Personal Finance

Budget 2020: A missed opportunity

Nikhil Kamath | Updated on February 09, 2020 Published on February 09, 2020

The Budget 2020, set against the complex backdrop of a slowing Indian economy, has proven to be an incremental rather than transformational roadmap.

Outlays for last-mile physical infrastructure in rural areas, skilling and education, reduced tax burdens on MSMEs, decriminalisation of tax offences, gradual reform of the personal income-tax slabs — many of the proposals are directionally sound and continue the government’s roadmap.

Those who wished for a heady fiscal stimulus would be disappointed, and rightfully so, as even at the current expenditure levels, the government’s plans to finance its programme depend on difficult divestments from large PSUs (including a potential IPO of LIC) and collecting telco dues which are still being appealed in the Supreme Court. Fiscal conservatism and gradualism in spending may have seemed cautious, yet will likely prove more sustainable in the long run.

Omissions

What was far more notable was what the Budget left out in terms of structural reform. There was a complete absence of initiatives to address the NBFC liquidity crisis, which has stymied lending and investment across major sectors.

The real-estate industry, straddled with over ₹5-lakh crore of bad debt, record high inventory levels and an IBC/restructuring process riddled with inefficiencies, remains a ticking time bomb that could create further stress on the economy. Power, auto and other infrastructure companies face similar sector-specific shocks deriving from the liquidity crisis — many of which have not yet surfaced to the macroeconomic stage.

The government had a significant opportunity to address decades-long structural issues in productivity and credit in the Indian economy.

Yet, there seems to be little political will to address the hairy issues of structural reform, which may raise fewer headlines than personal income-tax revisions, but create much more sustainable processes and institutions for the future of corporate and industrial India.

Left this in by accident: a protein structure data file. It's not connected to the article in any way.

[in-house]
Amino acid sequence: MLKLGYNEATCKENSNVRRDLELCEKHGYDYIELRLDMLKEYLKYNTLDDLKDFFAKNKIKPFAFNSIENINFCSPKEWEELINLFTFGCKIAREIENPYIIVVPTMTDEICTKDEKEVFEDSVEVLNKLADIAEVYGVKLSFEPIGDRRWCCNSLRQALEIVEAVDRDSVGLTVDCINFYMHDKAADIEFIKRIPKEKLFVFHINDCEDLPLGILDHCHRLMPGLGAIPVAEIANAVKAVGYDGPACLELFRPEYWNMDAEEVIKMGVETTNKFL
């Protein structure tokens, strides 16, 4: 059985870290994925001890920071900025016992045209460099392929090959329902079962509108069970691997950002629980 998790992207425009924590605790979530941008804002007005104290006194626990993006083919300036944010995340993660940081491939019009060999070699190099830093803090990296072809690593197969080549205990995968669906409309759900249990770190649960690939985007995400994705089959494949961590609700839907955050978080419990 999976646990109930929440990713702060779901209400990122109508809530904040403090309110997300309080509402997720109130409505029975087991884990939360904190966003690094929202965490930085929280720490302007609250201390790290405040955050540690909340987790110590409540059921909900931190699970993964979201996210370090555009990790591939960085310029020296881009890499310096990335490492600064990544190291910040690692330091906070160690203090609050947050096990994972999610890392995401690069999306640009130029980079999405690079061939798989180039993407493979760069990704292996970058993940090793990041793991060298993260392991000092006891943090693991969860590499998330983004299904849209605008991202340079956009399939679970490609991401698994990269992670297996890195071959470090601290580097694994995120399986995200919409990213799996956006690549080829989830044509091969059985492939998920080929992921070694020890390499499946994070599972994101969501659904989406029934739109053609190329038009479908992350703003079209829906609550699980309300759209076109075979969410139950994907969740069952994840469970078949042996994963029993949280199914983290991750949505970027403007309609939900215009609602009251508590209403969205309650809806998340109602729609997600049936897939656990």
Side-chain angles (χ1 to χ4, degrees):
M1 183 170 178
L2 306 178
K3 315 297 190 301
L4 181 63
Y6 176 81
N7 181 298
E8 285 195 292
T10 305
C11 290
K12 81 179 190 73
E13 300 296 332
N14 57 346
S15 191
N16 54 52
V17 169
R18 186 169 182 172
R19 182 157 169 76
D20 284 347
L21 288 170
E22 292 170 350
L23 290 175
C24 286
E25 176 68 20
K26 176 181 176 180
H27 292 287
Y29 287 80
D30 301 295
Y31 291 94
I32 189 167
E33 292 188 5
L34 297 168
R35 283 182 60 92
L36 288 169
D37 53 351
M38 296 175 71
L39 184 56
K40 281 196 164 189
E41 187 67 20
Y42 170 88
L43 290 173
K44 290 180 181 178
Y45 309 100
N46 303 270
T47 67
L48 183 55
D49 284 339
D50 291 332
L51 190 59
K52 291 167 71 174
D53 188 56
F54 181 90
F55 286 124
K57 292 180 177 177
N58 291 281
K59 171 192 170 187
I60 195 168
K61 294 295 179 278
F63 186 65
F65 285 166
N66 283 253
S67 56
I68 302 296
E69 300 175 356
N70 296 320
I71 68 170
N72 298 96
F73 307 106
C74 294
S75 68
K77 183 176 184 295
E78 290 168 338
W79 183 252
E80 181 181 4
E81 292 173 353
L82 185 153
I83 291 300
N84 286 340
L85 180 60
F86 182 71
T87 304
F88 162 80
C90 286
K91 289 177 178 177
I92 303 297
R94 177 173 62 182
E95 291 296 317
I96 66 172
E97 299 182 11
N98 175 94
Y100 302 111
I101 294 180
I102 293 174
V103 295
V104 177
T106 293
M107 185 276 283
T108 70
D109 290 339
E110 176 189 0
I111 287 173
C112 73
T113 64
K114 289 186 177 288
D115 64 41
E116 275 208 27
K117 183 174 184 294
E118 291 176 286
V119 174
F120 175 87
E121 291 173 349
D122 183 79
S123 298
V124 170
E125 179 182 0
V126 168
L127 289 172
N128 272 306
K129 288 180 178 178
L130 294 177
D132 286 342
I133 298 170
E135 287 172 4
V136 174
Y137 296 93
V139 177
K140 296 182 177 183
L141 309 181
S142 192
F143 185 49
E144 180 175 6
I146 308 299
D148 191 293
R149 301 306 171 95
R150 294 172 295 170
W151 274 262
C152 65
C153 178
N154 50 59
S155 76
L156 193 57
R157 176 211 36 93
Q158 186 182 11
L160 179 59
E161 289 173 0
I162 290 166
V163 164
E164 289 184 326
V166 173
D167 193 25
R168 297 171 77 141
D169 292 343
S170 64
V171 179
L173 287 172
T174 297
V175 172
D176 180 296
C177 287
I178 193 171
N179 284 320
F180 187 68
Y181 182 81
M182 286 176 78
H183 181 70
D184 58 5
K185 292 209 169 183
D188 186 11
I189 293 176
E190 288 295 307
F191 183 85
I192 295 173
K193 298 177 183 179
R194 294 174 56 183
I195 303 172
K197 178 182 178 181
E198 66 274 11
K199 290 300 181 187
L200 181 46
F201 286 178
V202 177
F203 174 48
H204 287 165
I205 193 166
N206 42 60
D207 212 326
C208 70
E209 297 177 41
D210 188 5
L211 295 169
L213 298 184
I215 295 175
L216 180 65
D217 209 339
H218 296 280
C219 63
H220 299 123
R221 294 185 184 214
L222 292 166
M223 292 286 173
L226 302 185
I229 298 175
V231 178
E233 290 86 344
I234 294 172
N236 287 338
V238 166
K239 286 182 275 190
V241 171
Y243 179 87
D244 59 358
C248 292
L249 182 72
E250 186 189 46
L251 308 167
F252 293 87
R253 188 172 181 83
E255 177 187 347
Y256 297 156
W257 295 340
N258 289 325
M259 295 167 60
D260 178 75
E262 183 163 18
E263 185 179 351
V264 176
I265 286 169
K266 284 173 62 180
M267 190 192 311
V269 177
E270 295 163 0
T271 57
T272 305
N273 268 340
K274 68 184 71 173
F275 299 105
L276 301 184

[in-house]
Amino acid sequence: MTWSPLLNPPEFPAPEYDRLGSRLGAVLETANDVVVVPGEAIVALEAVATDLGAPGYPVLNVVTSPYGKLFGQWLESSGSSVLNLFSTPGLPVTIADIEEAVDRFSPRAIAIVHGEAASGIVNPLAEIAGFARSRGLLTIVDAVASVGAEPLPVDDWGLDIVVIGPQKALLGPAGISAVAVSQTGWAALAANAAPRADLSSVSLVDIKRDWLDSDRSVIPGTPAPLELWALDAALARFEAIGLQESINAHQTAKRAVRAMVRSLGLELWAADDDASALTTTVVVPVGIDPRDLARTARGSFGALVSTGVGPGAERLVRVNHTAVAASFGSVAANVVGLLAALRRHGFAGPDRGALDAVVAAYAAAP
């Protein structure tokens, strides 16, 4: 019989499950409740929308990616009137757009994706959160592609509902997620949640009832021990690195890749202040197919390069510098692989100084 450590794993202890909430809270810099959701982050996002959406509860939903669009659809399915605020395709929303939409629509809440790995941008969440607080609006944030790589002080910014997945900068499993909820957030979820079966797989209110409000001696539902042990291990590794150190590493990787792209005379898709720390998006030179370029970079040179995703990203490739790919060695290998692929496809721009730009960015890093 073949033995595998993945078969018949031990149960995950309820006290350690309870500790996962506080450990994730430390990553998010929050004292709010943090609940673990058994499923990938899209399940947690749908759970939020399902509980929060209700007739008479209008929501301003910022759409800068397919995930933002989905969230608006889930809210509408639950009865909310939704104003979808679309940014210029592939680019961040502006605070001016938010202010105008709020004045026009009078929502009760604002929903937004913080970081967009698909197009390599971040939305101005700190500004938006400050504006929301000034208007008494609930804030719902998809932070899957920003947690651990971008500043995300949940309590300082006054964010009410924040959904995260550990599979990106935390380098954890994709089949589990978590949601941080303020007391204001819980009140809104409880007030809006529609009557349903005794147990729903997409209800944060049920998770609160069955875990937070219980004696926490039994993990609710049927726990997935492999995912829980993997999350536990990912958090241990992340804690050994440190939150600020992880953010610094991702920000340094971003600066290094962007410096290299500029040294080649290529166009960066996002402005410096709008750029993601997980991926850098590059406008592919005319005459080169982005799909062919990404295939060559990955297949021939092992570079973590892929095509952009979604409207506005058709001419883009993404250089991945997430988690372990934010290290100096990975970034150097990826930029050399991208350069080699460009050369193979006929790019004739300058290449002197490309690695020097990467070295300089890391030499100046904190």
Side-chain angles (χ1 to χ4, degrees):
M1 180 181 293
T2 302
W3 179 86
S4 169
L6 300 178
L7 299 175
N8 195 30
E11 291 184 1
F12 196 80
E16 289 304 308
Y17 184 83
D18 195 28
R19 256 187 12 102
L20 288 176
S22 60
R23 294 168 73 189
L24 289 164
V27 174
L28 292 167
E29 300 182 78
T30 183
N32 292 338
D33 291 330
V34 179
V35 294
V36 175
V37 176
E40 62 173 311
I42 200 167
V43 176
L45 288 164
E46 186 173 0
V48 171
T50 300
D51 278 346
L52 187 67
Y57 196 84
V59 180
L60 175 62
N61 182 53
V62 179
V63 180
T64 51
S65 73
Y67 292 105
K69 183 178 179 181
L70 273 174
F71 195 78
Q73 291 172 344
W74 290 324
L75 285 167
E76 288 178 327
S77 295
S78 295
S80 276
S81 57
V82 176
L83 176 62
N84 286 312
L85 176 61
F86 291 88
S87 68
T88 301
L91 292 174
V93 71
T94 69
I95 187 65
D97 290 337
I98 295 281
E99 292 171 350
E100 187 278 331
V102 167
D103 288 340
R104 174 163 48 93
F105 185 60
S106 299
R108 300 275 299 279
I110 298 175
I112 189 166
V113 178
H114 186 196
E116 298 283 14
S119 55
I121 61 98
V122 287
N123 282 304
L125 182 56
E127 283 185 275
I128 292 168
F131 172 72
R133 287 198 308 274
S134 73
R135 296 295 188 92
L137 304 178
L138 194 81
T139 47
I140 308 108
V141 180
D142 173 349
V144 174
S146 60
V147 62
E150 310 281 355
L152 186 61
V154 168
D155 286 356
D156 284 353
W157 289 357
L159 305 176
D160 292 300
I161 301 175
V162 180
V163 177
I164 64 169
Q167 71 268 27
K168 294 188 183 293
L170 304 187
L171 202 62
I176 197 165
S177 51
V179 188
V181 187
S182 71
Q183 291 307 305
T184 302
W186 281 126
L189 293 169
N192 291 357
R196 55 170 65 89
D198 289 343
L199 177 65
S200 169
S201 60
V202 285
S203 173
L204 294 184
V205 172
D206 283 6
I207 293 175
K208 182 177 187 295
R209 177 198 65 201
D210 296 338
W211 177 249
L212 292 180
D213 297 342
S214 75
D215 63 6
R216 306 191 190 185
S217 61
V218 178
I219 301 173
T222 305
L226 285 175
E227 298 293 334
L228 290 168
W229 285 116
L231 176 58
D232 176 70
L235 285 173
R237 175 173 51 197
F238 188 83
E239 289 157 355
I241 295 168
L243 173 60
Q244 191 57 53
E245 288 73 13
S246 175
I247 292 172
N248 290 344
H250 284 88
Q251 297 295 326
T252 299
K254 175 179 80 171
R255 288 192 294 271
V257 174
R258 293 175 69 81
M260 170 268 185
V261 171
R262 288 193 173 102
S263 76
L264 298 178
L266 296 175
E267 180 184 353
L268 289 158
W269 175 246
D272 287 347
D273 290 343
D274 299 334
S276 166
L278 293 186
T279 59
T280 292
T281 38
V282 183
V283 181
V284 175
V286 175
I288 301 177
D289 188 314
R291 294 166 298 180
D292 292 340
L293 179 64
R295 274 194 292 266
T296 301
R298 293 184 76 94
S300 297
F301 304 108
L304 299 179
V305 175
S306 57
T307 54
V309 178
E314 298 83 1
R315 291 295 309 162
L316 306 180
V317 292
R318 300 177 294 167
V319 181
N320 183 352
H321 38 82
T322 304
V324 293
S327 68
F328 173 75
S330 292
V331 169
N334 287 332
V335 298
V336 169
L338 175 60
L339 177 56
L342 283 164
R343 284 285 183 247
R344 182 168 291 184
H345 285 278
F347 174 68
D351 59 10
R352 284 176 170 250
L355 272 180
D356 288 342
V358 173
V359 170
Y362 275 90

For capital markets participants, the Budget denied all expectations for positive reform and tax rationalisation. The long-awaited rationalisation of long-term capital gains tax didn’ t happen. The dividend distribution tax is now the burden of individual investors, creating more headaches and little reprieve. The rationalisation of surcharges for on-shore investment vehicles did not happen.

Security transaction tax, which continues to make our markets less robust by adding a significant impact cost, continues to remain; this has been a long-standing demand from the financial markets, and it’s disappointing that nothing has been done about this. Category III AIFs (Alternative Investment Funds), which bring in a significant amount of inflows into the capital markets, continue to be taxed.

Number game

People seem to be losing faith in the numbers our government is putting out, and this might do some serious harm to the long-term reputation of our stock markets. In times of stress, there are no easy paths to reform.

We recognise that the government is working with a complicated set of macro conditions and juggling the interests of innumerable stakeholders. But let us all hope that beyond the Budget, pressing issues in the credit and industrial sectors are addressed in due course.

The writer is co-founder of Zerodha as well as True Beacon

Published on February 09, 2020
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